I think I talked about consistency in a post before. It's important.

So is praise, for Pandora at least. Super important. I'll talk about that more later, I think, but she is a totally different animal when I remember to tell her when she does something right.

I'll definitely have more on the whole That Winning Feeling thing later, too. Like I said, lots of thinking lately, but I'm sure appreciating it. This was the first dressage school in a long time where I felt like I was getting somewhere, not shooting myself in the foot from lack of experience. I should try to note what happened, so I can try to repeat Really Good Rides like this. Let's see: I was thinking really hard and applying new solutions and they worked. I was trying to understand things from Pandora's point of view and break things down really far and be super consistent. I was analytical, not emotional. I used a lot of variety. Hmm. All things to think about.


I also did some "Judge Booth Therapy" with her tonight. She is a little bit silly about judge's booths at dressage tests, something about going straight towards a big scary (truck/table/etc) with people sitting on it right at the end of the arena really freaks her out. Then she spooks at it for the rest of the ride. Easy enough to work on at home, with potentially big score results if that tension is gone in tests.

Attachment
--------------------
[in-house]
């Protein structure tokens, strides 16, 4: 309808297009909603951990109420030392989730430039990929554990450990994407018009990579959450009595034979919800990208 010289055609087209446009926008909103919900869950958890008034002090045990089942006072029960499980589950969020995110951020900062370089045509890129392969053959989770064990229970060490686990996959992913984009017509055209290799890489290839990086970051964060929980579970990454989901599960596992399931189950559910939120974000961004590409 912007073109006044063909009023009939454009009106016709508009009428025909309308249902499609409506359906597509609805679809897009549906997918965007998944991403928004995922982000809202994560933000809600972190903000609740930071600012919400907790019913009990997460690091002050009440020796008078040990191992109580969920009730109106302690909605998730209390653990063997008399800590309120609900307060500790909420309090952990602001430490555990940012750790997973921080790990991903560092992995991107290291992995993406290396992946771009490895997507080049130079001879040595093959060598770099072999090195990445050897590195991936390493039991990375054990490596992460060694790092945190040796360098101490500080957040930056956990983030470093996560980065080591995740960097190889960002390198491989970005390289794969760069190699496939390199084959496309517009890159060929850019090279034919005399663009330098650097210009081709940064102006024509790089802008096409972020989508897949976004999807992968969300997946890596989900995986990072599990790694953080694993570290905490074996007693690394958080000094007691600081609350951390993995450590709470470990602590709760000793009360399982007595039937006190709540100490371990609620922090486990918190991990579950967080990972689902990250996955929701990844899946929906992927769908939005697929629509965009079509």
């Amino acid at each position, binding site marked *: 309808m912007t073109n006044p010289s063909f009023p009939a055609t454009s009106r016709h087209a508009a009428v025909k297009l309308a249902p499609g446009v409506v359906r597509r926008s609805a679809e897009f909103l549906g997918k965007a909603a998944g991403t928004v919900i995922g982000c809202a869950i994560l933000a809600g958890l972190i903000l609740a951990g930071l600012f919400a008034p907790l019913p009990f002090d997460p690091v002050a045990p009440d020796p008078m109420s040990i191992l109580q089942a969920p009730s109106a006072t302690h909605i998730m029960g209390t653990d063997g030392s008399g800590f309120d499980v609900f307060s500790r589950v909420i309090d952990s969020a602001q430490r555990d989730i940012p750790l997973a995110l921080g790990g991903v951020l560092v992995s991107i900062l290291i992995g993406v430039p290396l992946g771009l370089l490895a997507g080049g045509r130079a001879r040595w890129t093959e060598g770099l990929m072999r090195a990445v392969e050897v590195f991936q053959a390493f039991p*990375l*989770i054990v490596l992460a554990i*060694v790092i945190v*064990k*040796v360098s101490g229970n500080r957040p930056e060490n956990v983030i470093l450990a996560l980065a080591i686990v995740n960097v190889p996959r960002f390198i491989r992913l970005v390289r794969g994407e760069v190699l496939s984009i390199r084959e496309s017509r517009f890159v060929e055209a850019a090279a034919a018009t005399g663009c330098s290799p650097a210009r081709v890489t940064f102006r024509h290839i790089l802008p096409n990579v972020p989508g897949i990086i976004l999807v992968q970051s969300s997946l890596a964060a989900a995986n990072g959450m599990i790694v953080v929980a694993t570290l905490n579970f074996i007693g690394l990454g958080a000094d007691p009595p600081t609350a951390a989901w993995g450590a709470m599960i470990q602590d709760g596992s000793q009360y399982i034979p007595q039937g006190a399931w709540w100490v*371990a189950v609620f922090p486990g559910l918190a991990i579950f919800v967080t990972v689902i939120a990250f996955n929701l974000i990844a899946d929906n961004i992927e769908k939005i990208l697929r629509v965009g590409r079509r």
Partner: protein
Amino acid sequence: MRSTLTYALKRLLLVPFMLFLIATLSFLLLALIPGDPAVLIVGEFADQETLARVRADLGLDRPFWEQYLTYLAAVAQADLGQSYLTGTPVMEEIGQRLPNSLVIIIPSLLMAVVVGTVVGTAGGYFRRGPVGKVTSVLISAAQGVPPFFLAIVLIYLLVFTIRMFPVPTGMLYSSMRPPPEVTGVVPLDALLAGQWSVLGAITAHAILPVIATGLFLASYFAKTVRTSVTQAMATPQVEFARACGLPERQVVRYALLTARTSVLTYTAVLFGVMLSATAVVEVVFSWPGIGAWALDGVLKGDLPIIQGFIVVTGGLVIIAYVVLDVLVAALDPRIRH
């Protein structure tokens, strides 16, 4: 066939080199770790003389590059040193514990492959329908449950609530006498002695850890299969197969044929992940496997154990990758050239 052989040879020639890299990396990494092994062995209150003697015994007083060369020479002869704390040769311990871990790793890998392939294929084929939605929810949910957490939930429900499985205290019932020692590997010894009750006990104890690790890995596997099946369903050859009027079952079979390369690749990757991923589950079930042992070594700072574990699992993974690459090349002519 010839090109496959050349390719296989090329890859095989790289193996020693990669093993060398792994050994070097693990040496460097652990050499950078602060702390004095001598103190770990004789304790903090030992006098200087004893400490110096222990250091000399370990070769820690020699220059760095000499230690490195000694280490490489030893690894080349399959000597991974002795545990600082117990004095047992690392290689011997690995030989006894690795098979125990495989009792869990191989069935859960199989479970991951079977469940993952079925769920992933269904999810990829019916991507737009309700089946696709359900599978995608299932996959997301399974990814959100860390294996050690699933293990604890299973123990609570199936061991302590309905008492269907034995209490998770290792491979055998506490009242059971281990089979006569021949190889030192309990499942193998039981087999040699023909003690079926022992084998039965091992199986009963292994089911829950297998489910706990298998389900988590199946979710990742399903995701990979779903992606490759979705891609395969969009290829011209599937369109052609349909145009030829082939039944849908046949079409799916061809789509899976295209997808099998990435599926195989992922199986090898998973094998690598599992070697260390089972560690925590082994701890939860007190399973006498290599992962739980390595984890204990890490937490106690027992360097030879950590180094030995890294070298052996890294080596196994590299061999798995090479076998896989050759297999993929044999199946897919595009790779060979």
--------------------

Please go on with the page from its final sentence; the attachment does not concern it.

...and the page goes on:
So I grabbed a plastic chair, some traffic cones, and some flower boxes and arrayed it all into a nice visually complex arrangement at the end of the arena. Sure enough, lots of hairy eyeball and sideways skitter and the like. Darn mare almost got me off once too, spooking at the combination of the "judge's box" and the barn owner's kid swinging buckets out front. Made me laugh, at least! She was much more sensible about it by ride's end. I sort of ignored it for most of the ride, just made her bend to the inside as we passed it and sometimes go down the centerline towards it. In all I think it'll be useful to get rid of this fear.

So, there's my day. Best ride I've had in awhile, I was grinning like an idiot the whole time I put stuff away. And you guys get a nice big long post, which is only about a quarter of all the crap I had going on in my head while I rode, but I'll get around to all of it eventually.

Right then - next up, the importance of praise, more on the cue/response/discipline-or-reward thing, more sports psychology fun, etc etc etc.

2 comments:

Cara said...

Wow, that is a long post! You have been thinking about it alot. That helps. I too think it's important not to finesse all the time, right from the start. You need to get the basic responses. It's like programming the controls. When you get it all "in," you should not only be able to make a nice twenty meter circle in both directions, but, if you choose, a 17 meter circle or a 21 meter circle. The idea is that YOU CHOOSE where you are going and how you get there!

manymisadventures said...

Yes, exactly - if you start by building a solid base, then you can get up to the finicky, pretty things at the top.